From Bank Teller To Professional Boxer
While working as a bank teller, Corbett practiced in amateur boxing matches, first with some of his fellow bank clerks on their lunch break, and then at scheduled matches at sporting establishments. Although a righthander, Corbett developed the power of his left punch, and many an opponent found his then-unusual left jab devastating.
The young boxer began his career in earnest when he joined San Francisco's Olympic Athletic Club. Initially, the coaches at the club steered the young Corbett into playing baseball, which he did until a serious hand injury forced him out of the game. He then returned to boxing. Under the tutelage of Olympic's boxing coach, Corbett soon became the club's middleweight champion, and by the time he turned 18, became the club's heavyweight champion.
At the top of his game as an amateur boxer, Corbett nevertheless still worked as a bank clerk, and he longed to make more money. During this time, when he was just 19 years old, in 1886, Corbett and Olive Lake eloped to Salt Lake City, Utah and were married. It was in Utah that Corbett fought his first bout as a professional. The heavyweight champion of Utah, Frank Smith, issued a challenge, and Corbett responded under the name of Jim Dillon, to avoid tipping off his family back in San Francisco that he was in Salt Lake City. Corbett won the match, earning a prize of $460 in the process—money that Corbett and his bride desperately needed to pay the rent.
After fighting another professional match in Evanston, Wyoming (accounts differ as to the results of that fight), Corbett returned to San Francisco, where he got a job as a clerk at an insurance company and moonlighted as a boxing instructor at the Olympic Athletic Club.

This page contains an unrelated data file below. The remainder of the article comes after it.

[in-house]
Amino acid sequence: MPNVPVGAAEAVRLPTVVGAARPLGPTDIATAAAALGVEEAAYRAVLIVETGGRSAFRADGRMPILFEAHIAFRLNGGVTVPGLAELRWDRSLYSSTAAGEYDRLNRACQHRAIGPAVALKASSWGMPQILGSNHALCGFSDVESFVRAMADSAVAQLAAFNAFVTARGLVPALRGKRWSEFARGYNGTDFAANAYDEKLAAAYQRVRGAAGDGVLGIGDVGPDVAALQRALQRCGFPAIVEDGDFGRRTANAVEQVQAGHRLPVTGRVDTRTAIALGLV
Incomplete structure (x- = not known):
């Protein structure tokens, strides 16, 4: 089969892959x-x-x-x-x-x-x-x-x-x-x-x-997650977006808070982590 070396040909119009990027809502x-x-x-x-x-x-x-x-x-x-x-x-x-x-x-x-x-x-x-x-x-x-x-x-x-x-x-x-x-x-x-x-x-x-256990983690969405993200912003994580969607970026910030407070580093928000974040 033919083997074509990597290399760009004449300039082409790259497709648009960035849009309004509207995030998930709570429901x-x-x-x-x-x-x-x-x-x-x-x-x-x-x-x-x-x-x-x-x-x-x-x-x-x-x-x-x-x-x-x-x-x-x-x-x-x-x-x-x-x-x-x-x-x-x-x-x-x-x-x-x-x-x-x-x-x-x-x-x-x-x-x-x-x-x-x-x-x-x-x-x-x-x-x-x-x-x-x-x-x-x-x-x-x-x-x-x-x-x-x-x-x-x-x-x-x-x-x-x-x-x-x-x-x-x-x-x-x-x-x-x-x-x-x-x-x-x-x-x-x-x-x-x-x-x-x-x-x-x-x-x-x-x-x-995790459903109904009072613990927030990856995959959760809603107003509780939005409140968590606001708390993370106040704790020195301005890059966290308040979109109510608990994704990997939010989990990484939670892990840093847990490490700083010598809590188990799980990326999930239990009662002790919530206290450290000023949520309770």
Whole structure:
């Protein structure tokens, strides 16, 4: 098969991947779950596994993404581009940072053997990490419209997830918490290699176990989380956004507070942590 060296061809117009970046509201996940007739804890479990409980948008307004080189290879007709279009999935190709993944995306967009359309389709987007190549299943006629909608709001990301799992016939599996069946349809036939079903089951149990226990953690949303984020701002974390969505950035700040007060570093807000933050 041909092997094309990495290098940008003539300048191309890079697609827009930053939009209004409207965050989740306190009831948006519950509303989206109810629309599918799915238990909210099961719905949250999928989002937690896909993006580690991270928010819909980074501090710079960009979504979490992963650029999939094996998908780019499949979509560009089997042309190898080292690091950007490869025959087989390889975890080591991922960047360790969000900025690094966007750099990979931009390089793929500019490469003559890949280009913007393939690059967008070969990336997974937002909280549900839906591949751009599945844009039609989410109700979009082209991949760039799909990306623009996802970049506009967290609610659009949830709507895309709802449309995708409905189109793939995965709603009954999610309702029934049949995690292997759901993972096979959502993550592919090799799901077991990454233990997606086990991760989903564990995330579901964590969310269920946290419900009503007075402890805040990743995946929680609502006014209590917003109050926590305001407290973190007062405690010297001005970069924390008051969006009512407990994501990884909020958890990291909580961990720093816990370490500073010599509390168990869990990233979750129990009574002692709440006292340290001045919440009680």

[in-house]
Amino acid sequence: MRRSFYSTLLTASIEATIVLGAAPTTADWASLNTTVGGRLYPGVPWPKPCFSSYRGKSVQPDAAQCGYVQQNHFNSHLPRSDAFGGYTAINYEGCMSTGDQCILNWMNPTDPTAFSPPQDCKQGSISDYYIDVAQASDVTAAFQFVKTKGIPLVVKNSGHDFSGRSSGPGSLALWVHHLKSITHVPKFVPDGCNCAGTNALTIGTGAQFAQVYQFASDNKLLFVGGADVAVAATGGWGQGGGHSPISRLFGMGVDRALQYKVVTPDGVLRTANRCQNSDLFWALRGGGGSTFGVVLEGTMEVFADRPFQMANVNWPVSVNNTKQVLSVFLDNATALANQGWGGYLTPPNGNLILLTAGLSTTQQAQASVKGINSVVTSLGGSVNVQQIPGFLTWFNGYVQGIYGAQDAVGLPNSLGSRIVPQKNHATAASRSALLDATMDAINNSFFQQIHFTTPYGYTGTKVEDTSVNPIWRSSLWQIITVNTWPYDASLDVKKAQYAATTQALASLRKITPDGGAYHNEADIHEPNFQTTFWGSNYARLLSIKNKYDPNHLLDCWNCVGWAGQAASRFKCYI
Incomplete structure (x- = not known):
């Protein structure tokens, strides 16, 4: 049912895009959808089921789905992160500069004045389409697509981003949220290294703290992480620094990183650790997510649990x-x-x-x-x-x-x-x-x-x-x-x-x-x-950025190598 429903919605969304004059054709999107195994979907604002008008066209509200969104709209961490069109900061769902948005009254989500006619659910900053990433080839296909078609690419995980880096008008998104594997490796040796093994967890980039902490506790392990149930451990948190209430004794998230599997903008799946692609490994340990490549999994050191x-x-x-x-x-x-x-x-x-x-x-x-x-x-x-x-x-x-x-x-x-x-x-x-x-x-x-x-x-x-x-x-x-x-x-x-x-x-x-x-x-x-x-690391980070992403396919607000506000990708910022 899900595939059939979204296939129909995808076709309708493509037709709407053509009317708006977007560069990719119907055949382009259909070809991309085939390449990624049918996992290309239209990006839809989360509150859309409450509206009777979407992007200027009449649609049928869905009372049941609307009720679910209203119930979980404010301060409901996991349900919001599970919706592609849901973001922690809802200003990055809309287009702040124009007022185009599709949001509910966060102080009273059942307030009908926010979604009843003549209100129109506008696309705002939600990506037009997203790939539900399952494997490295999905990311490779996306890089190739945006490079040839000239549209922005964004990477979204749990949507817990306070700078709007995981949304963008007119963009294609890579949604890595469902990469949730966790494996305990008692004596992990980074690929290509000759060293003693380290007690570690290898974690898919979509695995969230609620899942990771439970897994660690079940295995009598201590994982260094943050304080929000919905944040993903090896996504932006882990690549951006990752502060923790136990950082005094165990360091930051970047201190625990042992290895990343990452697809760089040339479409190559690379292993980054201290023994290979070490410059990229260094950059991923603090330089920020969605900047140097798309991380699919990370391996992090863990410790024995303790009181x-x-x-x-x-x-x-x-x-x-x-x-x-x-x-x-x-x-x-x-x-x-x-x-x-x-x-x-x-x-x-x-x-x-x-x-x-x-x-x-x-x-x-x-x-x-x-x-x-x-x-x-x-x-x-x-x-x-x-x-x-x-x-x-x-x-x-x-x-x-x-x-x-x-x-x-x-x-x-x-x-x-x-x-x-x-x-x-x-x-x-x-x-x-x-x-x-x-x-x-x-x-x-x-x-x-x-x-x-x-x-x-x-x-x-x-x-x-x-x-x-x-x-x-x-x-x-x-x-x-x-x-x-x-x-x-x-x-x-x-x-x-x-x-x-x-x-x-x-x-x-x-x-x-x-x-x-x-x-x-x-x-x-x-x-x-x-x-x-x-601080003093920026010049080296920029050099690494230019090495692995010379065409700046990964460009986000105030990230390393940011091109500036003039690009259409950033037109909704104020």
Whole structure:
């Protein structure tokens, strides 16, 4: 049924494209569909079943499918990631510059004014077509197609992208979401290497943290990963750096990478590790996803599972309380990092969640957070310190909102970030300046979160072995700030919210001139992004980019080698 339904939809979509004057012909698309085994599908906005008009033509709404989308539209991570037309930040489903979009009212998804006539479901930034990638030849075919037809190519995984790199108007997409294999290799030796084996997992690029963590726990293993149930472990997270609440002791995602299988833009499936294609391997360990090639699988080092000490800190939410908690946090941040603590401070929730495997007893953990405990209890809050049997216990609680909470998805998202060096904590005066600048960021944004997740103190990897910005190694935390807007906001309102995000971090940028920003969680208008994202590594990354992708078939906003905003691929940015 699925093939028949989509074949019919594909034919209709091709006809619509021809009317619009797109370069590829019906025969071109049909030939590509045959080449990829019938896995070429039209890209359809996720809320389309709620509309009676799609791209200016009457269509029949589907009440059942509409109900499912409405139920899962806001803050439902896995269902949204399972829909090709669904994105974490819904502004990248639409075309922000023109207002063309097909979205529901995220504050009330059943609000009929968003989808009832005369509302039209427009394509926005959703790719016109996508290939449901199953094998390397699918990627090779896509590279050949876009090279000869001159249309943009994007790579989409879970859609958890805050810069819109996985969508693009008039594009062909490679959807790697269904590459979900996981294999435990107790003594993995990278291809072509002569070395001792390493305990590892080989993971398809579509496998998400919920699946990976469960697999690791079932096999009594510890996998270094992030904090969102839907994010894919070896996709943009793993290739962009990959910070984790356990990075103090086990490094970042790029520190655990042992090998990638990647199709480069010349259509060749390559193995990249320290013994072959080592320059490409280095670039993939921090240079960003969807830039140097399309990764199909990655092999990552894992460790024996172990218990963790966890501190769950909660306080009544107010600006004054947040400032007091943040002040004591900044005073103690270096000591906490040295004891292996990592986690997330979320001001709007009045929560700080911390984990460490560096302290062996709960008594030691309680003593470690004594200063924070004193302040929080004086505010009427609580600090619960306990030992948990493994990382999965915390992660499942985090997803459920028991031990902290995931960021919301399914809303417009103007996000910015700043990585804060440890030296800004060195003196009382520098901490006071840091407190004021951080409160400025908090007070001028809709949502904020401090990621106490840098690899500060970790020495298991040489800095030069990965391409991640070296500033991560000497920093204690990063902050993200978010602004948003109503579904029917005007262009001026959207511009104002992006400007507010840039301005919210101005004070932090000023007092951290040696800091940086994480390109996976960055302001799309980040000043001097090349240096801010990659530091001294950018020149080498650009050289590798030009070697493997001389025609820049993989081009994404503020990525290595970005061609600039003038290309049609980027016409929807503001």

Corbett made his pro boxing debut near his hometown on May 30, 1889. This was when he and fighter Joe Choynski met for a "fight to the finish" This meant that the match would last until one of them could no longer go on, or until they both agreed to a draw. Promoters of the fight emphasized the combatants' ethnic differences (Choynski was Jewish), and local authorities forbade the fight on the grounds that it might start a riot. So Corbett and Choynski had to box unadvertised in a barn in remote Marin County. Nevertheless, word got around, and hundreds of spectators turned out to watch the fight.
The boxers went five rounds before the sheriff showed up to stop the proceedings. Corbett and Choynski met for a rematch a week later, this time on a barge north of San Francisco Bay, safely out of the jurisdiction of local police. The fight lasted a punishing 28 rounds. The deck of the barge grew slick with the combatant's blood, and sawdust had to be laid down so that they wouldn't slip in it. Corbett at last won the fight with a knock-out punch. Corbett himself was so dazed that he had to be told that he had won the fight.